US 3308226 A
Abstract available in
Claims available in
Description (OCR text may contain errors)
March 7, 1967 L. G. SIMJIAN 3,308,226
MOSAIC CONSTRUCTION Filed Nov. 8, 1963 2 Sheets-Sheet l CONTROL |7 1 l8 --MOT|ON MOTION scANw l rge I REPRODUCING MEA 4/ MEANS INVENTOR. LUTHER G. SIMJIAN EN A- v AGENT.
United States Patent Ofifice 3,388,226 Patented Mar. 7, 1967 3,308,226 MOSAIC CGNSTRUCTION Luther G. Simjian, Laurel Lane, Greenwich, Conn. 06830 Filed Nov. 8, 1963, Ser. No. 322,378 6 Claims. (Cl. 264-245) This invention concerns mosaic constructions and has particular reference to the construction of a mosaic which is the solid reproduction of another object as disclosed in my copending applications for US. Letters Patent Serial No. 189,141, filed April 20, 1962, entitled: Apparatus for Providing Solid Reproductions, now US. Patent No. 3,135,828, dated June 2, 1964 and Serial No. 315,027, filed October 9, 1963, entitled: Method and Apparatus for Providing Solid Reproductions.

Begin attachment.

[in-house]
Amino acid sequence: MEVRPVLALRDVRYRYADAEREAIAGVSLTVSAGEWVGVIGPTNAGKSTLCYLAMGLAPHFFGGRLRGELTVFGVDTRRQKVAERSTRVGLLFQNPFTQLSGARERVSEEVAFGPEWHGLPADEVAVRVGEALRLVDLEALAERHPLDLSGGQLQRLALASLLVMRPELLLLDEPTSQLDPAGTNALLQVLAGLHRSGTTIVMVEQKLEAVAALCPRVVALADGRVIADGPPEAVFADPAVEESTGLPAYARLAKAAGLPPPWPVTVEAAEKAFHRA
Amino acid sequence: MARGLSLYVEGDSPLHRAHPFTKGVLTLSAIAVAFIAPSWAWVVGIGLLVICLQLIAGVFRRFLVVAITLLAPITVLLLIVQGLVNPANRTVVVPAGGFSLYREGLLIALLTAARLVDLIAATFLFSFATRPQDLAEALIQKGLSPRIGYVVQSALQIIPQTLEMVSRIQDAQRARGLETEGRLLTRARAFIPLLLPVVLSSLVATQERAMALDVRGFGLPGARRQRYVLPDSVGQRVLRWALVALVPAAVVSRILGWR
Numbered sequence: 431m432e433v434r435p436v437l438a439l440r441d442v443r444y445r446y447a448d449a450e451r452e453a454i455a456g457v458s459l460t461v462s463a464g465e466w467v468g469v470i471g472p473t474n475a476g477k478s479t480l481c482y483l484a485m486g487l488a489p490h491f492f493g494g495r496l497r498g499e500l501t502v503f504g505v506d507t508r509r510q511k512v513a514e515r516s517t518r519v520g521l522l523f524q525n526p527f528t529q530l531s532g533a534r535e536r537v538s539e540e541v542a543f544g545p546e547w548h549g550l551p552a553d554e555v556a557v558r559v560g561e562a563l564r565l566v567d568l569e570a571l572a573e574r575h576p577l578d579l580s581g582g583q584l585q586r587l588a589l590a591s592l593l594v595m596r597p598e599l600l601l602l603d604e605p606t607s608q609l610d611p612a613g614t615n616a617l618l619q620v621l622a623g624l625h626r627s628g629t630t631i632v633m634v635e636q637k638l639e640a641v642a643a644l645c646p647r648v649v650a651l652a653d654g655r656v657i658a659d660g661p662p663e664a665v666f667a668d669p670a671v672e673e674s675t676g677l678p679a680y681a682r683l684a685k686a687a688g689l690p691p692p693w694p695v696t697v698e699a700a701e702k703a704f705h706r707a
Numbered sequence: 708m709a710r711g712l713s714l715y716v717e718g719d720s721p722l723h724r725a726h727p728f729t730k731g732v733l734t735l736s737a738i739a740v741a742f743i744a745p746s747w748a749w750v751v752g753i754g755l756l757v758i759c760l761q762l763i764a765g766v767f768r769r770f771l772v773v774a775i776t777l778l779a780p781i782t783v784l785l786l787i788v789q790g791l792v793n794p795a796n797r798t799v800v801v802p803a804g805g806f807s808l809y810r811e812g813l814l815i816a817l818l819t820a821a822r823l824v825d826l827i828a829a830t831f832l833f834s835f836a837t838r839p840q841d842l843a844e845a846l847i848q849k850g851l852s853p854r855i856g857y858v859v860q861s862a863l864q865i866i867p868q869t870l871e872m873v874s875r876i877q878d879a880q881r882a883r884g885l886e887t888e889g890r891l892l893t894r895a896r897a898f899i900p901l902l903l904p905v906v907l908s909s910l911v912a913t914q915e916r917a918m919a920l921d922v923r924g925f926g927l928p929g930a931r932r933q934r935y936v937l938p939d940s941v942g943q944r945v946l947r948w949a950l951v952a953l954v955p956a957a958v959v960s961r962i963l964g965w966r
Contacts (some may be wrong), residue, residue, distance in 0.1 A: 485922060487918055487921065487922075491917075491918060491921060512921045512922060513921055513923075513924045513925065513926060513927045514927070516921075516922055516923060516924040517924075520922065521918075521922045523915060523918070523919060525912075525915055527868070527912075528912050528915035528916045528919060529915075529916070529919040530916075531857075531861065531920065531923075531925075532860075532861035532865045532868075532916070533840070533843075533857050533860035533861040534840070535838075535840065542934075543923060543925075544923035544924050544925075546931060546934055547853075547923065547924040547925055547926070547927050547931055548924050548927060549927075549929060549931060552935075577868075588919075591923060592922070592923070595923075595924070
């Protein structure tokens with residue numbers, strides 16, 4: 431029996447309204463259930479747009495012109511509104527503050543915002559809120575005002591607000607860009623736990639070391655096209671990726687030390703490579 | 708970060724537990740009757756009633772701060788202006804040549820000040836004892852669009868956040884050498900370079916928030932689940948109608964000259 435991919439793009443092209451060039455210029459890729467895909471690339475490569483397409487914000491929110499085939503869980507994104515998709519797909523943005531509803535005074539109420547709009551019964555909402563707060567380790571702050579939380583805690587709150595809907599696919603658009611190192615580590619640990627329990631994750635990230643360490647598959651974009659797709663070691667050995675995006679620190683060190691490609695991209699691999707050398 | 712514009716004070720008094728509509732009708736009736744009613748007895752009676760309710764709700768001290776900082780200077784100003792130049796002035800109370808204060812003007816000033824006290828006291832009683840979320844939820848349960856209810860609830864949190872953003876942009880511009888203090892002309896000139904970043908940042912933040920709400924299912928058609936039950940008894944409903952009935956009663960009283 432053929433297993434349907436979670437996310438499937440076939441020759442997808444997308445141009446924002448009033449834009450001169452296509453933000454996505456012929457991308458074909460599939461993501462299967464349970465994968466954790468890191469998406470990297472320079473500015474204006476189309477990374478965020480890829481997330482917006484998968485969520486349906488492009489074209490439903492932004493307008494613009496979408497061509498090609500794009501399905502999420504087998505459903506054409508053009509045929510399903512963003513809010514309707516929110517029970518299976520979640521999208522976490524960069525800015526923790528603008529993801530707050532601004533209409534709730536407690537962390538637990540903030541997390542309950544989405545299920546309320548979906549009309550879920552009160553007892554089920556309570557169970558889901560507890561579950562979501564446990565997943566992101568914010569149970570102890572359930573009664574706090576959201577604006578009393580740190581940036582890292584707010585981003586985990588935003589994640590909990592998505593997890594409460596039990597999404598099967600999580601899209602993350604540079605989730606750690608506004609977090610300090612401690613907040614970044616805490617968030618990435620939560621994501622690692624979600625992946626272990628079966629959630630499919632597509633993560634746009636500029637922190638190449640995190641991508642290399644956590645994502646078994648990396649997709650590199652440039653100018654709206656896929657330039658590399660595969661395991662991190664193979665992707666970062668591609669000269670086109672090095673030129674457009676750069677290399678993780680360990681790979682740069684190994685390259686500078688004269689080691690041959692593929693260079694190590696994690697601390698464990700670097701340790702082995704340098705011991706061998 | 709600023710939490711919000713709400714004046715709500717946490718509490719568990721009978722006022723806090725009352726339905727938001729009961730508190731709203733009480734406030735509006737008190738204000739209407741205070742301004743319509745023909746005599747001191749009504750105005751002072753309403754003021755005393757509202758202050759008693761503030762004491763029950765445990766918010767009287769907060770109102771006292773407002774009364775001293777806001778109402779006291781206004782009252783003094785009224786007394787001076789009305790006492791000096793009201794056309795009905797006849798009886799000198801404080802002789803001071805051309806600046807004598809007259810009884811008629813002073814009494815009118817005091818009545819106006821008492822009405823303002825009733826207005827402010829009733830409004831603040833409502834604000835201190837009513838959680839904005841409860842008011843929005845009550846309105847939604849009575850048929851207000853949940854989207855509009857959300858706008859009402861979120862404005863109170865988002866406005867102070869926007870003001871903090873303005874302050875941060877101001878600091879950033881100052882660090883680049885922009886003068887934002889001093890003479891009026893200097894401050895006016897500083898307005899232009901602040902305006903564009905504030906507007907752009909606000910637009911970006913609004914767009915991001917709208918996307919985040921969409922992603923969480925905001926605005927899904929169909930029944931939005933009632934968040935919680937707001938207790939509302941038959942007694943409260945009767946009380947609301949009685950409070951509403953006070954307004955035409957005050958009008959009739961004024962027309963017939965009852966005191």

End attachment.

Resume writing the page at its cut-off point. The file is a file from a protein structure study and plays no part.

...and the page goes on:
In the applications noted heretofore, I have disclosed the production of mosaics which result from the scanning of a pictorial representation, such as a painting, a photograph, a sign and the like. Briefly, an object of the type indicated is mounted in front of a scanning means which scans the different areas of the object and provides color responsive output signals. A reproducing means which includes picture element storage and dispensing means receives the color responsive signals and dispenses solid preshaped colored picture elements onto a base sheet in accordance with the signals from the scanning means. Motion control means provide motion to the scanning means and also cause the reproducing means to assume at any instant a position which corresponds to the position of the scanning means relative to the object. In this way the reproducing means generates a solid reproduction of a photograph or painting.